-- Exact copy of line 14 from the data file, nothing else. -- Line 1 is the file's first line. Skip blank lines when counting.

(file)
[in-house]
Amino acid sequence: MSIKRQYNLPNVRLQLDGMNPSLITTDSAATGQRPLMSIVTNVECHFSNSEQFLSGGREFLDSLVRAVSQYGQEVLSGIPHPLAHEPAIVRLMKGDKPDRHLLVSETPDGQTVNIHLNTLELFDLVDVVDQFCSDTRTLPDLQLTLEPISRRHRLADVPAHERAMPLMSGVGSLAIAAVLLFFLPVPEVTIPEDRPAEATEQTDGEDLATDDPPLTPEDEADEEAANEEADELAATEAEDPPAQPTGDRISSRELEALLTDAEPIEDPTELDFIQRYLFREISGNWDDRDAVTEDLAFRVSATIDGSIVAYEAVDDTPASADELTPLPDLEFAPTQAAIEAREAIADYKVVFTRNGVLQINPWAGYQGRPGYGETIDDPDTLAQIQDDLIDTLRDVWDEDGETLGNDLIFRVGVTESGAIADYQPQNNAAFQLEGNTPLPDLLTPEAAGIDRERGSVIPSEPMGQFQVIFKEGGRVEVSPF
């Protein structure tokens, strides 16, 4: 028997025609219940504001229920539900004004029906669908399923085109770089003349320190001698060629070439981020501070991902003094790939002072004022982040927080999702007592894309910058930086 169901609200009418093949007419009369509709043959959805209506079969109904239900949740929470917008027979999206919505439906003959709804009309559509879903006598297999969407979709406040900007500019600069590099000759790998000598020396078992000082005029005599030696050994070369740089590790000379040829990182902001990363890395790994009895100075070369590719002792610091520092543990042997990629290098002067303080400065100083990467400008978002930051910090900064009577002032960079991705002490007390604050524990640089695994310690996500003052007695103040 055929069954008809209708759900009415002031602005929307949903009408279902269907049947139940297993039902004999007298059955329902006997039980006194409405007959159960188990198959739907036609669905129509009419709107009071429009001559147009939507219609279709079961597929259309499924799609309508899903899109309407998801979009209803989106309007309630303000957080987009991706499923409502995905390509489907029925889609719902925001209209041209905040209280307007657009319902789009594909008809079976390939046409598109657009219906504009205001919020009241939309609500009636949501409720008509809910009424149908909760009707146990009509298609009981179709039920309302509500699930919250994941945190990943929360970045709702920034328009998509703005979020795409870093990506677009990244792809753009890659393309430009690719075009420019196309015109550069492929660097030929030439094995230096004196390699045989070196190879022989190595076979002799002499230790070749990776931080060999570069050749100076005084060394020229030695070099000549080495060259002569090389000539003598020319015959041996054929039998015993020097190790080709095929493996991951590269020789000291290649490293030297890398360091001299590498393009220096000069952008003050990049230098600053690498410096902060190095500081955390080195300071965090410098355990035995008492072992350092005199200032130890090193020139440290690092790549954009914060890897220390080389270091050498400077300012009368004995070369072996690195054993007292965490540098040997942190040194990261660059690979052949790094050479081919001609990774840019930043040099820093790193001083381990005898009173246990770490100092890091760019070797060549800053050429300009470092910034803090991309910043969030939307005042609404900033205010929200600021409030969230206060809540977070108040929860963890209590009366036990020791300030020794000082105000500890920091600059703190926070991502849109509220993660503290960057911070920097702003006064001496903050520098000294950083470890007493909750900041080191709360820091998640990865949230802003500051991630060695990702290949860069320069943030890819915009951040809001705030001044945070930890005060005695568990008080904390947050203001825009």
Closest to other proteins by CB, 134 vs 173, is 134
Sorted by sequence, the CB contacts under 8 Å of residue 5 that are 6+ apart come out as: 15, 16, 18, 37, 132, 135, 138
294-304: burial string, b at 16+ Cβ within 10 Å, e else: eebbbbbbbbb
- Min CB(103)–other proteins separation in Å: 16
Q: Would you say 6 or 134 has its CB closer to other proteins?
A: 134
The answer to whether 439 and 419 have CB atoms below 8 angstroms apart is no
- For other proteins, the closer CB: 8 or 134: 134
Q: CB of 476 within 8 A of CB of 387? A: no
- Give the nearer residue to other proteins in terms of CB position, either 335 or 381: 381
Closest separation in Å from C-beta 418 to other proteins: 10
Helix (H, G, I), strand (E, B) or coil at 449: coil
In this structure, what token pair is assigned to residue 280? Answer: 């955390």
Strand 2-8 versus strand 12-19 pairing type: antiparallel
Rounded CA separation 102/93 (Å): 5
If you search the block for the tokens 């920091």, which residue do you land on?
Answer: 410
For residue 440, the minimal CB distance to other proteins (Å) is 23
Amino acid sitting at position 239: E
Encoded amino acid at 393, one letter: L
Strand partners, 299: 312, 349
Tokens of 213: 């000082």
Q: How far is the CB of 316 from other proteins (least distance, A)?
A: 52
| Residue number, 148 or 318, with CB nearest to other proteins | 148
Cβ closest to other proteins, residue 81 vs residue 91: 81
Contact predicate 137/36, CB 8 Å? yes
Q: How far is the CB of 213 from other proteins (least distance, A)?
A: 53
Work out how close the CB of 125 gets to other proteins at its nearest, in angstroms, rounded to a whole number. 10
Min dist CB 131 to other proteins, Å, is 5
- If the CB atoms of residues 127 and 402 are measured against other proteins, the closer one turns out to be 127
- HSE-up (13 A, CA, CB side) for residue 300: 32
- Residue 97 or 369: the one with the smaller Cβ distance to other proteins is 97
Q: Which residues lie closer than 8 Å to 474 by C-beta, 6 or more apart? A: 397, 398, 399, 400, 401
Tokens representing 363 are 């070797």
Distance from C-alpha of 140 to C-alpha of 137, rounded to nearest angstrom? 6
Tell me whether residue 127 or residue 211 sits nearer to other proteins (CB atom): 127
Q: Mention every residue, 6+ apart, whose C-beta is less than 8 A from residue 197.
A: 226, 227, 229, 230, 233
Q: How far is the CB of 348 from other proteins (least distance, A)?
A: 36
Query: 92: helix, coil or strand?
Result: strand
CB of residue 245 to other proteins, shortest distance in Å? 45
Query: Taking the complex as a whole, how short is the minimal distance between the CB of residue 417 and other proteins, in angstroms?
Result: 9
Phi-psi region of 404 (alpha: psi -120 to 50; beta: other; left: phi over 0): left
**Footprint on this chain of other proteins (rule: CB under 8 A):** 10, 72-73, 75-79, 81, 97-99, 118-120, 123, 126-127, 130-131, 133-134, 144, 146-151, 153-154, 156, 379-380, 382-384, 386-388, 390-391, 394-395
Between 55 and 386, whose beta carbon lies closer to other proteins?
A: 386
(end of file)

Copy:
Closest separation in Å from C-beta 418 to other proteins: 10